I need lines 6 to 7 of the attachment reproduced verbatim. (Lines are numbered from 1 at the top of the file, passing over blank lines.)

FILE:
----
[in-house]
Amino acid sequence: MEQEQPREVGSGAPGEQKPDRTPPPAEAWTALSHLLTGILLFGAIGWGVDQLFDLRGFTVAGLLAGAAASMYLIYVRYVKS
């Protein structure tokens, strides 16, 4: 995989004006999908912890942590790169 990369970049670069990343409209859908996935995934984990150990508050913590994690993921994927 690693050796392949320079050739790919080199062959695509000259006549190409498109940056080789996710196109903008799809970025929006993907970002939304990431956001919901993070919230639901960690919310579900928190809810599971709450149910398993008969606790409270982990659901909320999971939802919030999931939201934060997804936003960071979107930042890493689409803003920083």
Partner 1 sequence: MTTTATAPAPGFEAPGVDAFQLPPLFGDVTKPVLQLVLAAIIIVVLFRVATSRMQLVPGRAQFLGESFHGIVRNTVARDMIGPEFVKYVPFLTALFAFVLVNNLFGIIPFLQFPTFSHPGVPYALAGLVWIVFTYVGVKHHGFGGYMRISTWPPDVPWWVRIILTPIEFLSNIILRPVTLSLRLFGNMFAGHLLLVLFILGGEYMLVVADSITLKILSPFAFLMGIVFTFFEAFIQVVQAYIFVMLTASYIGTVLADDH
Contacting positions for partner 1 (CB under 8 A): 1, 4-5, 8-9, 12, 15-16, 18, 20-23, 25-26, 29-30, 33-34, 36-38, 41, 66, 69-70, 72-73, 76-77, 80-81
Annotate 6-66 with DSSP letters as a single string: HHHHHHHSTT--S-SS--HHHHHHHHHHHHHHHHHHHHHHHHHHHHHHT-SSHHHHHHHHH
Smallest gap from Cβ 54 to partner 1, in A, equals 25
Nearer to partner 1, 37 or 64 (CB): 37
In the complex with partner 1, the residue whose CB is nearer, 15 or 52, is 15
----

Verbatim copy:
Annotate 6-66 with DSSP letters as a single string: HHHHHHHSTT--S-SS--HHHHHHHHHHHHHHHHHHHHHHHHHHHHHHT-SSHHHHHHHHH
Smallest gap from Cβ 54 to partner 1, in A, equals 25